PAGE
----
It is well known in the scientific literature that the computer models being used by the U.N.’s Intergovernmental Panel on Climate Change (IPCC) have done a miserable job in predicting the change that has occurred in global temperature over the past two decades. You can see that for yourself by looking at the graph shown above. The various lines that have no circles or squares on them are the results of the climate models used by the IPCC. Notice that no model comes close to lining up with the actual data (the squares and circles). Indeed, the later the date, the worse the models become when compared to the data.
A group of retired NASA scientists and engineers led by Dr. Harold H. Doiron, a mechanical engineer who is best known for his work on eliminating unstable vibrations in liquid propellant rockets, has decided that these models simply can’t be used to make rational decisions about earth’s future climate. As this group says:
We have concluded that the IPCC climate models are seriously flawed because they don’t agree very closely with measured empirical data. After a 35 year simulation the models over-predicted actual measured temperatures by factors of 200% to 750%. One could hardly expect them to predict with better accuracy 300 years into the future required for use in regulatory decisions.
So what are we to do? If we can’t properly model how the earth will respond to increased carbon dioxide concentrations, how can we estimate what the consequences will be if we do nothing to curb the activities that are filling earth’s atmosphere with excess carbon dioxide?
In this research team’s mind, the answer is to look at the actual data and develop an empirical estimate. After all, we have about 100 years of measured data when it comes to global temperature, and we have a few thousand years of data that can help us estimate how the earth’s temperature has changed over that timeframe. In addition, we have measurements and estimates for how the amount of carbon dioxide in earth’s atmosphere has changed over time. If we look at past correlations between carbon dioxide and temperature, perhaps they can tell us what future correlations will be.
I have to admit that I am surprised no one has used this approach before. Sure, climate scientists have studied the correlations between past global temperatures and past atmospheric carbon dioxide concentrations, but this is the first time of which I am aware that scientists (and engineers) have tried to use those correlations to make definitive predictions about the future.
To those who spend a lot of time analyzing the global warming issue, the most important unknown is the climate sensitivity, which is defined to be the amount that global temperatures will increase when the amount of greenhouse gases in the atmosphere doubles. The IPCC currently estimates the climate sensitivity at somewhere between 2 and 4.5 degrees Celsius, with a most likely value of 3 degrees Celsius.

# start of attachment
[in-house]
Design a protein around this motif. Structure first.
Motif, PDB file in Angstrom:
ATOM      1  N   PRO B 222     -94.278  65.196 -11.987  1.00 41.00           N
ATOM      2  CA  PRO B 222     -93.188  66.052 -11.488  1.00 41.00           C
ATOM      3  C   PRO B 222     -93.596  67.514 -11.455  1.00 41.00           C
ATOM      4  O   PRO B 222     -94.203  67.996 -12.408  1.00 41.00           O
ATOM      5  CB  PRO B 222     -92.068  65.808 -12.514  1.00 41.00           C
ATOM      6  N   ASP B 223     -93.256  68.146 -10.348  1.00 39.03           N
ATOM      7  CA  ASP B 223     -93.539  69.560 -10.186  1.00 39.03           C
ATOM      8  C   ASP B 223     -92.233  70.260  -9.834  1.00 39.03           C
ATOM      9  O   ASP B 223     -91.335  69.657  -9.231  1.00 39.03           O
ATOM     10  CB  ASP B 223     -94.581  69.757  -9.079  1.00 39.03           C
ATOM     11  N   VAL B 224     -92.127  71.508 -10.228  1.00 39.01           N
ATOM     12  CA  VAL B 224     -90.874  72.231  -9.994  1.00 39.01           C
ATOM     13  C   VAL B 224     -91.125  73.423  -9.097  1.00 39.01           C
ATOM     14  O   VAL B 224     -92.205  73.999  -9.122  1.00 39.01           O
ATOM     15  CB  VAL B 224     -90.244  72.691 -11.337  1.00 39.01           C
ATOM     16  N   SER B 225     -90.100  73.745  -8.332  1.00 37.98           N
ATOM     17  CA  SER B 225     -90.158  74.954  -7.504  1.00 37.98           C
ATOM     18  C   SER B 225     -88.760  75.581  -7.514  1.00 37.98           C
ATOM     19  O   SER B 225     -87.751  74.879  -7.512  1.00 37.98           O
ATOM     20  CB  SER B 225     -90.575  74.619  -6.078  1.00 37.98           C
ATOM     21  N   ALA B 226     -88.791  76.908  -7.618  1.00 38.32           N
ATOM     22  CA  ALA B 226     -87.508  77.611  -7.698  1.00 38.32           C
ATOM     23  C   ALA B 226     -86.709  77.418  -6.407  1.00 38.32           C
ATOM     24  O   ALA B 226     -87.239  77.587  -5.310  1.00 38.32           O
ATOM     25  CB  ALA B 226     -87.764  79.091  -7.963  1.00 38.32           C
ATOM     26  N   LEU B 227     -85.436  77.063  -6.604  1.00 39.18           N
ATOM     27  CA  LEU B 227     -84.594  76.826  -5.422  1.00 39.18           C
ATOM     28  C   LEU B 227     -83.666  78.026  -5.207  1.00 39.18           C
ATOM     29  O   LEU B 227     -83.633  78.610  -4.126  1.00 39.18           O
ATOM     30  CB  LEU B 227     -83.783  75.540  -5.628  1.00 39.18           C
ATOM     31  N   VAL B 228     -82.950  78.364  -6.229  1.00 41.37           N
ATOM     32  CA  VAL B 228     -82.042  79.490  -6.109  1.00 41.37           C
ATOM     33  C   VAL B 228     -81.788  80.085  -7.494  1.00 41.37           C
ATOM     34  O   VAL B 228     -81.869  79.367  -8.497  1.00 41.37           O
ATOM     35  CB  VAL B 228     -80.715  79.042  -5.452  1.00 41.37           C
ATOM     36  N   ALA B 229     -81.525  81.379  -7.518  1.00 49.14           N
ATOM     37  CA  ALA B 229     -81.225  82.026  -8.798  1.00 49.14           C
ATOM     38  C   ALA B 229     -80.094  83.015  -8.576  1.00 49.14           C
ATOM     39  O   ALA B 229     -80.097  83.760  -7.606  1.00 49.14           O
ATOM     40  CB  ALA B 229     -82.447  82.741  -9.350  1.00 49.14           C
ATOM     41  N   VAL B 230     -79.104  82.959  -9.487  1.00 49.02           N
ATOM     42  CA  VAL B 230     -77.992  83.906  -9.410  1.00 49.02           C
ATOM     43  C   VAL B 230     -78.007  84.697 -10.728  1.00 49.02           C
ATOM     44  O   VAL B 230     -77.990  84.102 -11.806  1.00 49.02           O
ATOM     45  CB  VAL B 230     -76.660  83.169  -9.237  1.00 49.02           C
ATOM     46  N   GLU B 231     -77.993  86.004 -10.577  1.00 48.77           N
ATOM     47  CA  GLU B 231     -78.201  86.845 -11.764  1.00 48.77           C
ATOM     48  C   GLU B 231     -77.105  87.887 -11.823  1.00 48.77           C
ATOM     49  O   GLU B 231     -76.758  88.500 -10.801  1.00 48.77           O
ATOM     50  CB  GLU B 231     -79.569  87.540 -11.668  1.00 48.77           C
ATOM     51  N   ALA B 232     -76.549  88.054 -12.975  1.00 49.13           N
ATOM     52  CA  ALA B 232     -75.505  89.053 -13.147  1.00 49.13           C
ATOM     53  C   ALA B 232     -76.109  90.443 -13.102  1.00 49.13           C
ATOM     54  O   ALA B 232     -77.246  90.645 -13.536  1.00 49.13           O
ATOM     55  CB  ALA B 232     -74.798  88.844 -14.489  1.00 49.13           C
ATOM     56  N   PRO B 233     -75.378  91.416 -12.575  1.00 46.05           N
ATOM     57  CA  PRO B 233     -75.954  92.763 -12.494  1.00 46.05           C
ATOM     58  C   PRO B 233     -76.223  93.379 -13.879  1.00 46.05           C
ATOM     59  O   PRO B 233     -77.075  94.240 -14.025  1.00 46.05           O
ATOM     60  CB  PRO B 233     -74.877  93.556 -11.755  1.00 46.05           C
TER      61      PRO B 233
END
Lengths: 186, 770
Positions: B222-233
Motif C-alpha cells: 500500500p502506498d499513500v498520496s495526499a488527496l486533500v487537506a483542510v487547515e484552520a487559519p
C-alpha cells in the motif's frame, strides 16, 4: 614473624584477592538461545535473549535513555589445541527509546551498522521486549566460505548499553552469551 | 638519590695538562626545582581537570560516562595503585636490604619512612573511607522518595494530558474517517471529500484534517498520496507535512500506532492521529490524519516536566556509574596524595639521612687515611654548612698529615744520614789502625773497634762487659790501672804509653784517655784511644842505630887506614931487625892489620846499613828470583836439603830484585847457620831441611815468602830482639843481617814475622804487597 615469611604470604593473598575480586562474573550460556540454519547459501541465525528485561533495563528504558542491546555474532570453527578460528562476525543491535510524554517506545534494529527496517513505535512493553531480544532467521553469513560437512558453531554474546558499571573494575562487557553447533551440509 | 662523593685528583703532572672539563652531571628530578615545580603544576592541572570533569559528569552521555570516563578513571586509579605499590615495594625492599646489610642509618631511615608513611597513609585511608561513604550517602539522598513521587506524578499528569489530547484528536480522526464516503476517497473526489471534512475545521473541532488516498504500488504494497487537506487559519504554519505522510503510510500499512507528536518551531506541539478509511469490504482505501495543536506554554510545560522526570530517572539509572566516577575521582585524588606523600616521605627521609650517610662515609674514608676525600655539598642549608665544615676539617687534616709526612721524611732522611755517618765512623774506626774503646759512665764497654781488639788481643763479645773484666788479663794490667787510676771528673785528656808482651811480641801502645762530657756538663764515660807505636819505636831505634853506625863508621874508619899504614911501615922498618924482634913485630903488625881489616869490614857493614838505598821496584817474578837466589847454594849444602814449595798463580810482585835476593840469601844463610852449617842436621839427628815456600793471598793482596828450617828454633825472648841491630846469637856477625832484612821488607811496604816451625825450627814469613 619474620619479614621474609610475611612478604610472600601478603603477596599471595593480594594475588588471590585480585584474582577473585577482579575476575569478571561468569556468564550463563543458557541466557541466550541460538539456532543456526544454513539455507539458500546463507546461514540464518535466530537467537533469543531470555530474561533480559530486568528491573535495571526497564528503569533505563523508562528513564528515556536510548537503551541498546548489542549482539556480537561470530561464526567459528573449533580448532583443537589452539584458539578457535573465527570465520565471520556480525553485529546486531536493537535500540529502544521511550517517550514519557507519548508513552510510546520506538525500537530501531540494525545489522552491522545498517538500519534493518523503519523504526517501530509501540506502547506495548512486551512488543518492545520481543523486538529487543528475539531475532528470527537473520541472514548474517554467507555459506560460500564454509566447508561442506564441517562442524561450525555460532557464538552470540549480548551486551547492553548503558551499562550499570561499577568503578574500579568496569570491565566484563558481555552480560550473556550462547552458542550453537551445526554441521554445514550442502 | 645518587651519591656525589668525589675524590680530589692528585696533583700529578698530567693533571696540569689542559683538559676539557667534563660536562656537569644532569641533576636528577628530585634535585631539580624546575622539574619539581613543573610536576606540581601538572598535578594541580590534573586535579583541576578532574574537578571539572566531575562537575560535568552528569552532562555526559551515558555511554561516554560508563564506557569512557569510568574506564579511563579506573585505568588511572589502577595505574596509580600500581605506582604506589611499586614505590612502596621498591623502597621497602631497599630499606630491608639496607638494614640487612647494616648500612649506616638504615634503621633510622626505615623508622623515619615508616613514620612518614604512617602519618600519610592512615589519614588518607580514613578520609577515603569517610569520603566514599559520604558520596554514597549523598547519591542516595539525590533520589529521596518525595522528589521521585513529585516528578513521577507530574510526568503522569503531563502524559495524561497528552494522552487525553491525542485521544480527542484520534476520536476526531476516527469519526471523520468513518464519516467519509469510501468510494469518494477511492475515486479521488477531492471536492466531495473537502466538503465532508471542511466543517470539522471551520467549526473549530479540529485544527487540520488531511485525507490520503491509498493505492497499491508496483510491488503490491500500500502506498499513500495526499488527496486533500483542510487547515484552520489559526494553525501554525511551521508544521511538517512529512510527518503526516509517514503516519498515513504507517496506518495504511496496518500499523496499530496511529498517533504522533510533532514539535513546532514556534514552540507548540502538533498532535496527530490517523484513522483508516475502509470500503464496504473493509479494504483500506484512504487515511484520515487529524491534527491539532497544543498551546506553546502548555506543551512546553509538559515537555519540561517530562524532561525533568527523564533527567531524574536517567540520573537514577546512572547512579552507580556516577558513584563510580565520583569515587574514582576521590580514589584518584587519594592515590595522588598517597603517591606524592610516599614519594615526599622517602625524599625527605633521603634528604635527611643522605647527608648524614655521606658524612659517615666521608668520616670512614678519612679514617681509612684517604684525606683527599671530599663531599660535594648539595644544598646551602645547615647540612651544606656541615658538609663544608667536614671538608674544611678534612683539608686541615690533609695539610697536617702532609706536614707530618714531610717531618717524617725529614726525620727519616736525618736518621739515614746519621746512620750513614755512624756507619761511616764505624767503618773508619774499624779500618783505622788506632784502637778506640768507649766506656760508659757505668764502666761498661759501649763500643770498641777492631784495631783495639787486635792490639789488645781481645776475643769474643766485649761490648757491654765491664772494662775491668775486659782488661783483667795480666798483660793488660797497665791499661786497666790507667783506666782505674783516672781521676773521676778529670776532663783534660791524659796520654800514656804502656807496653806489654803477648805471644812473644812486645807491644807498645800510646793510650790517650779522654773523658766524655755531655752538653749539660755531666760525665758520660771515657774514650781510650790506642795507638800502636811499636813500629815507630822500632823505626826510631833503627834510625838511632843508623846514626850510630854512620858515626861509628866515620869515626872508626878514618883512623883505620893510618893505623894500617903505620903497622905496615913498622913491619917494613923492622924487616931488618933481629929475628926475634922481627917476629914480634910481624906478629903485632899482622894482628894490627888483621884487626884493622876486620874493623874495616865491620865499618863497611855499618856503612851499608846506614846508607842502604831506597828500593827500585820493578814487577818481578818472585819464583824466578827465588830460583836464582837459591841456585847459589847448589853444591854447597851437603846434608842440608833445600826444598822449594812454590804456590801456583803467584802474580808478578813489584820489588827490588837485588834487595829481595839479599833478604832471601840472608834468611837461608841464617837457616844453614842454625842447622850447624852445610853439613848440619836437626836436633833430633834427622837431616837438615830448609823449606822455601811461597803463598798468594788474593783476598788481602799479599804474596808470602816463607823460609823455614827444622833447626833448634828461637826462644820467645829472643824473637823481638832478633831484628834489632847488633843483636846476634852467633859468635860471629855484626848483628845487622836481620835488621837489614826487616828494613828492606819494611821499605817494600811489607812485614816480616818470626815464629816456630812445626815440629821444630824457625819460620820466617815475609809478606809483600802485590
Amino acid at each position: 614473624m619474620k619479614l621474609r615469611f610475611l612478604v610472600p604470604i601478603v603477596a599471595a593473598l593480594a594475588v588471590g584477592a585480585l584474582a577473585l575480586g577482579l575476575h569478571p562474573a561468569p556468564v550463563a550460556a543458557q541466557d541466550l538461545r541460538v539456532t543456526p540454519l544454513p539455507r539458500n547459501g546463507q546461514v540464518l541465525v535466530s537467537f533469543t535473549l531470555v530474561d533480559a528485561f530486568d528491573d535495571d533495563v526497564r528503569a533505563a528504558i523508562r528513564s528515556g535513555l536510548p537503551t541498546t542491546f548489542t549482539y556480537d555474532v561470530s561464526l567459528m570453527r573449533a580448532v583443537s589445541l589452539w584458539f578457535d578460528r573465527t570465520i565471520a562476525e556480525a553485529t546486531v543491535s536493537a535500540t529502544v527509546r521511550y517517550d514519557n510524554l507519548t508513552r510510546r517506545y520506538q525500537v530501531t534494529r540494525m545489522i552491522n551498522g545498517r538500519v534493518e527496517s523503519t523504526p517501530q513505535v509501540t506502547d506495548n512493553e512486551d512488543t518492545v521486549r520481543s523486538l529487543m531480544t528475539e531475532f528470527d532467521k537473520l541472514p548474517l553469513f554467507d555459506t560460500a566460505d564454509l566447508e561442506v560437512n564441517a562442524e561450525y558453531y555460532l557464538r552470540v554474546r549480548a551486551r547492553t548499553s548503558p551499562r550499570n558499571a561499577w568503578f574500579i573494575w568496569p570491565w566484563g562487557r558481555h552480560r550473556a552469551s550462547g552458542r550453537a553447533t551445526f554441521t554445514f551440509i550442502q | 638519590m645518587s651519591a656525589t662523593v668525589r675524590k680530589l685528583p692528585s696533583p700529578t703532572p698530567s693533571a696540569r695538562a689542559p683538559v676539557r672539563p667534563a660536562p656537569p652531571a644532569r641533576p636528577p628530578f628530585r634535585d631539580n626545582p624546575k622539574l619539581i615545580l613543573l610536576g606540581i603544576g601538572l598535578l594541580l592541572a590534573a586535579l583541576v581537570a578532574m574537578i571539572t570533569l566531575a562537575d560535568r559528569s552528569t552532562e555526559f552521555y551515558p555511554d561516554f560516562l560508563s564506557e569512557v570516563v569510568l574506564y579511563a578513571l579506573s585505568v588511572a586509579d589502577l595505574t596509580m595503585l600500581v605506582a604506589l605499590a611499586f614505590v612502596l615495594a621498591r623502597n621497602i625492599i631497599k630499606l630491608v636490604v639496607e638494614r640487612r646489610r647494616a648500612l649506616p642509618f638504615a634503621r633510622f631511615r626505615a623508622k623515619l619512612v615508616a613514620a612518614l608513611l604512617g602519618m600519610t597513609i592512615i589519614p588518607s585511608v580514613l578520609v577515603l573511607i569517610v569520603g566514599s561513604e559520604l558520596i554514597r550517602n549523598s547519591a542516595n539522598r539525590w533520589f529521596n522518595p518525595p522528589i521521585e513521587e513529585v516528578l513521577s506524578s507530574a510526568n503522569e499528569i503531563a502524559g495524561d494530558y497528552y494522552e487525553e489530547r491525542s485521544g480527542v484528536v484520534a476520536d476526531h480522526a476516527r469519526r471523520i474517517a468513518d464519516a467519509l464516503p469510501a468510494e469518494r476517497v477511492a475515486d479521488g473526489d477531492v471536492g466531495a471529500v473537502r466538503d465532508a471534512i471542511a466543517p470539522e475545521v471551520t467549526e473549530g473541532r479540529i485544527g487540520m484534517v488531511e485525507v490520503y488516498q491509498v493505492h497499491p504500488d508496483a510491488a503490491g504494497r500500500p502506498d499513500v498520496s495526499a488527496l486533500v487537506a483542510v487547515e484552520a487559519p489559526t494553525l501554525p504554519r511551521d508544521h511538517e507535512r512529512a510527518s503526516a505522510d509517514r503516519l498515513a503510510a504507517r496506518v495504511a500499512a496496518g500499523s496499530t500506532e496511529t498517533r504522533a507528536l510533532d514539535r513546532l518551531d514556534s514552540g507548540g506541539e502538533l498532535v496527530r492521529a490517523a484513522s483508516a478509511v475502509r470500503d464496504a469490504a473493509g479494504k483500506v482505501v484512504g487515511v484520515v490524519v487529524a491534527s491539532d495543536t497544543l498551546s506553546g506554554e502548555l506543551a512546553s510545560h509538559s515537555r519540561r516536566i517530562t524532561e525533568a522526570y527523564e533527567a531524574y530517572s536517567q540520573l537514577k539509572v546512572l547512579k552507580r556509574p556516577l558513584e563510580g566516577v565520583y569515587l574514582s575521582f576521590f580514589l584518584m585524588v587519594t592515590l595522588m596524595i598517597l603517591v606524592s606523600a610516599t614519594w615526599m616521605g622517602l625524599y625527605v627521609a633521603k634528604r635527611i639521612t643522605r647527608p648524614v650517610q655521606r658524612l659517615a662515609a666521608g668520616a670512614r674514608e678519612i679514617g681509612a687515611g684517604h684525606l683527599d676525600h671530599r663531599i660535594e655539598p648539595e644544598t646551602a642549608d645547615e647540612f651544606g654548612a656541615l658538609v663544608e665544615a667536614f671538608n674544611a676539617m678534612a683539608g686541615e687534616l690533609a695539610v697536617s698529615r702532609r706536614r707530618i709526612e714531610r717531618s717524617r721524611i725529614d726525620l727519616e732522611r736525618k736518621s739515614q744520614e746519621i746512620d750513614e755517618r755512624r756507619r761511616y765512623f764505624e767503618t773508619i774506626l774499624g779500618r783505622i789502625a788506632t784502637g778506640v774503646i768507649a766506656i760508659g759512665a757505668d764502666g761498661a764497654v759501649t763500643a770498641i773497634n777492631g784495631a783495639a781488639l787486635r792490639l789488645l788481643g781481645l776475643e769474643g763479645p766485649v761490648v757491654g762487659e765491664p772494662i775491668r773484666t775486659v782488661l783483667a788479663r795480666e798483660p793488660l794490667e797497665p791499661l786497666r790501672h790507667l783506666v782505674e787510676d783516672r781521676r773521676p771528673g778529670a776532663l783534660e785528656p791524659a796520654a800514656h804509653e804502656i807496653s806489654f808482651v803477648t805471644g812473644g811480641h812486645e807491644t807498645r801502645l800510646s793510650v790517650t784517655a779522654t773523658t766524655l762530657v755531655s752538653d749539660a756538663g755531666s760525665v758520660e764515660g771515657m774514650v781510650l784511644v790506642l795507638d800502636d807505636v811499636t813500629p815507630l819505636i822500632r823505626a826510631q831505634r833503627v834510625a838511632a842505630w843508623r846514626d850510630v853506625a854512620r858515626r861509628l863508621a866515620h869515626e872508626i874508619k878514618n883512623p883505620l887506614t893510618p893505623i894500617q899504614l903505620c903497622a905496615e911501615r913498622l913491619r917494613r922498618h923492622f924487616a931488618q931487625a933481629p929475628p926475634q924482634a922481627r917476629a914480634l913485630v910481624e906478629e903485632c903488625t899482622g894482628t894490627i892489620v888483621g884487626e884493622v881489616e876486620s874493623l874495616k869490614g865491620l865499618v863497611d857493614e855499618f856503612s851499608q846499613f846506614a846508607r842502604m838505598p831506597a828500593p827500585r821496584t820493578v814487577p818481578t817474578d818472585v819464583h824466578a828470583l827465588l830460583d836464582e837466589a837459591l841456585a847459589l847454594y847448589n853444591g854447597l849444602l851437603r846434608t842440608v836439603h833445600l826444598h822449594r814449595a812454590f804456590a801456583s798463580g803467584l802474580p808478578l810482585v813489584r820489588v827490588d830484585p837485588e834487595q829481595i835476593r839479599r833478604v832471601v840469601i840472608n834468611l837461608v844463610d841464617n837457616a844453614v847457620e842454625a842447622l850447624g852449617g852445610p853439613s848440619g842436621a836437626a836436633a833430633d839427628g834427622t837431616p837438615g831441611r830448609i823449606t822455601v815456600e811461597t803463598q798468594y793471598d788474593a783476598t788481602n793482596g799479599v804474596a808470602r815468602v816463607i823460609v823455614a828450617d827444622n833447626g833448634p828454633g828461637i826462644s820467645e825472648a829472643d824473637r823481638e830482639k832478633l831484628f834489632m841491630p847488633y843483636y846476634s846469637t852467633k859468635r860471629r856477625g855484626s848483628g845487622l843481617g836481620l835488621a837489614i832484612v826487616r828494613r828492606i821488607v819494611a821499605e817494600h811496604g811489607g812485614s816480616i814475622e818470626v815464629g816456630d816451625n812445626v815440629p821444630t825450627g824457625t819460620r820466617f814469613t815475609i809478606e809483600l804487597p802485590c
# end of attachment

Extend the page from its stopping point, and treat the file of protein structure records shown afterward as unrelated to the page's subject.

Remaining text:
According to these retired NASA scientists and engineers, however, this is based on flawed computer models that have no connection to reality. In their report, they note that many peer-reviewed climate papers conclude that the climate sensitivity is much lower than the IPCC’s estimate. Indeed, in Figure 4.9 of their report, they show that 15 climate studies published in the peer-reviewed literature from 2011 to 2013 all conclude that climate sensitivity is much lower than the IPCC’s estimate.
What do the retired NASA scientists and engineers conclude in their report? They say that at maximum, the climate sensitivity for all greenhouse gases combined is 2.9. This means that if the total amount of greenhouse gases in the atmosphere doubled, the earth’s temperature would increase by 2.9 degrees Celsius. However, they conclude that if you just look at carbon dioxide, the climate sensitivity is only 1.8. Thus, if the amount of carbon dioxide in the atmosphere doubles (which is supposed to happen in 2080, according to current emission projections), the global temperature will rise only 1.8 degrees Celsius. This is far below what the IPCC concludes, but it is in line with the most recent peer-reviewed research on the issue.
In the end, here is what they conclude:
There is no convincing evidence that Anthropogenic Global Warming (AGW) will produce catastrophic climate changes. AGW can only produce modest amounts of global warming that will likely be beneficial when the substantial benefits to crop production from more CO2 in the atmosphere are considered.
As far as I know, none of the researchers involved in the project are climate scientists. Indeed, they call themselves “The Right Climate Stuff Research Team” to emphasize that they are among the scientists and engineers who put men on the moon. While that is very impressive, it has little to do with climate science. At the same time, however, their analysis is rather unique, and I like their approach. Given that we know the climate models used by the IPCC are downright awful, using past data to make predictions about future climate might very well be a much better way to go.